If you cannot get jacked up about crushing LSU in a night game at the Swamp that was national championship implications than I pity you. You should probably stay home and put tissue boxes on your feet. Seeing a college football game just isn't for you.
GO GATORS, and Go GATOR FANS.
Sunday, October 12, 2008
WESTMORELAND. O that we now had here
But one ten thousand of those men in England
That do no work to-day!
KING. What's he that wishes so?
My cousin Westmoreland? No, my fair cousin;
If we are mark'd to die, we are enow
To do our country loss; and if to live,
The fewer men, the greater share of honour.
God's will! I pray thee, wish not one man more.
By Jove, I am not covetous for gold,
Nor care I who doth feed upon my cost;
It yearns me not if men my garments wear;
Such outward things dwell not in my desires.
But if it be a sin to covet honour,
I am the most offending soul alive.
No, faith, my coz, wish not a man from England.
God's peace! I would not lose so great an honour
As one man more methinks would share from me
For the best hope I have. O, do not wish one more!
Rather proclaim it, Westmoreland, through my host,
That he which hath no stomach to this fight,
Let him depart; his passport shall be made,
And crowns for convoy put into his purse;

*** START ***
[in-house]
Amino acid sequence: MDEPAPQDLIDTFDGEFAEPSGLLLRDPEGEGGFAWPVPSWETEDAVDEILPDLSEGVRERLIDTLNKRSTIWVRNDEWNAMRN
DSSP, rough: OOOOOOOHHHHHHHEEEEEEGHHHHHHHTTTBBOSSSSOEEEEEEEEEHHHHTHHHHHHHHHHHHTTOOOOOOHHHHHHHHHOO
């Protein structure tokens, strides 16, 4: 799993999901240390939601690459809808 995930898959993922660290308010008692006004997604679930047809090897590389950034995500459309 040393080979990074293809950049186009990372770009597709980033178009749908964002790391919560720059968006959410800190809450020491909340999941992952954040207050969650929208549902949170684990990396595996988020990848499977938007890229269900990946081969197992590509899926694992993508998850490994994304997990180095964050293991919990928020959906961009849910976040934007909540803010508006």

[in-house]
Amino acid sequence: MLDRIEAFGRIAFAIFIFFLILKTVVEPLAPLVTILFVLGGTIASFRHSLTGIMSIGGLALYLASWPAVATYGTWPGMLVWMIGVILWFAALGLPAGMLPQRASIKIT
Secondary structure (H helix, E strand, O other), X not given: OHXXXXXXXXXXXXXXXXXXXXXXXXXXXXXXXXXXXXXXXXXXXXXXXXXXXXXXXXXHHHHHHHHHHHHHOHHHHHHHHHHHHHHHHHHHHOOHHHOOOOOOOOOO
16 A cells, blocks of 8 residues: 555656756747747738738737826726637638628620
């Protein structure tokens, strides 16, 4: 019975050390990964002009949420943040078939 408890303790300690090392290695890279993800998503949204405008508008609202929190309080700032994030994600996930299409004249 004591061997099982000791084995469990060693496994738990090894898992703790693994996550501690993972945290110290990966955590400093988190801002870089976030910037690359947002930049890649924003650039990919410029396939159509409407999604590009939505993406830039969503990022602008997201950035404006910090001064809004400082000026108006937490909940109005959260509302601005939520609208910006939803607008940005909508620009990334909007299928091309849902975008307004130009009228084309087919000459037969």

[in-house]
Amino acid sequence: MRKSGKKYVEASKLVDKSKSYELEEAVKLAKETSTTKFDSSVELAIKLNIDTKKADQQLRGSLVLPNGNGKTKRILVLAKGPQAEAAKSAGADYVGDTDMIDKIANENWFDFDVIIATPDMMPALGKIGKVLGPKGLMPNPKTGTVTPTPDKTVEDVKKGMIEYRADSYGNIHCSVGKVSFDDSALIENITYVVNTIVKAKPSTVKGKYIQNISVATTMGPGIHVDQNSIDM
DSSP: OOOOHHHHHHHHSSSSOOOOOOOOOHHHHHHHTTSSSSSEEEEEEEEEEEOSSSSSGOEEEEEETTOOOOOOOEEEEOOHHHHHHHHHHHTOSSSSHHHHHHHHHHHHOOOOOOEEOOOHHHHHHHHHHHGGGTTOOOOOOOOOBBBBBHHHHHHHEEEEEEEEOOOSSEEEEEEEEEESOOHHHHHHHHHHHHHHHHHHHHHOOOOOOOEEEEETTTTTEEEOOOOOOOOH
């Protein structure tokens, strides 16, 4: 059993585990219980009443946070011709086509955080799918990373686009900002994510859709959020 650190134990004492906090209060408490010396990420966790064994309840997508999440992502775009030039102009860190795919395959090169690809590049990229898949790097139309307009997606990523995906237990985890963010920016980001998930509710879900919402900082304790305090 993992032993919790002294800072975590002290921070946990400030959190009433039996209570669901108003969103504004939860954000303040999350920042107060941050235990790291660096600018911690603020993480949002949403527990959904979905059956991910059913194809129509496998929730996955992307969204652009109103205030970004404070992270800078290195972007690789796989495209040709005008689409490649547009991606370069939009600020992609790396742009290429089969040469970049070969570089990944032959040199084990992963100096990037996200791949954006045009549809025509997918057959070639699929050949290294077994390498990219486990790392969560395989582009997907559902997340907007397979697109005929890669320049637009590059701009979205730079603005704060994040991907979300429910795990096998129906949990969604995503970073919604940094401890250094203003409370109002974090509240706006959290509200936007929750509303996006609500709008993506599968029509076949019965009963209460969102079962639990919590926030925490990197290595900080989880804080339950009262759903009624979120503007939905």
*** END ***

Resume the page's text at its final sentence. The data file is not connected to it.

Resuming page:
We would not die in that man's company
That fears his fellowship to die with us.
This day is call'd the feast of Crispian.
He that outlives this day, and comes safe home,
Will stand a tip-toe when this day is nam'd,
And rouse him at the name of Crispian.
He that shall live this day, and see old age,
Will yearly on the vigil feast his neighbours,
And say 'To-morrow is Saint Crispian.'
Then will he strip his sleeve and show his scars,
And say 'These wounds I had on Crispian's day.'
Old men forget; yet all shall be forgot,
But he'll remember, with advantages,
What feats he did that day. Then shall our names,
Familiar in his mouth as household words-
Harry the King, Bedford and Exeter,
Warwick and Talbot, Salisbury and Gloucester-
Be in their flowing cups freshly rememb'red.
This story shall the good man teach his son;
And Crispin Crispian shall ne'er go by,
From this day to the ending of the world,
But we in it shall be remembered-
We few, we happy few, we band of brothers;
For he to-day that sheds his blood with me
Shall be my brother; be he ne'er so vile,
This day shall gentle his condition;
And gentlemen in England now-a-bed
Shall think themselves accurs'd they were not here,
And hold their manhoods cheap whiles any speaks
That fought with us upon Saint Crispin's day.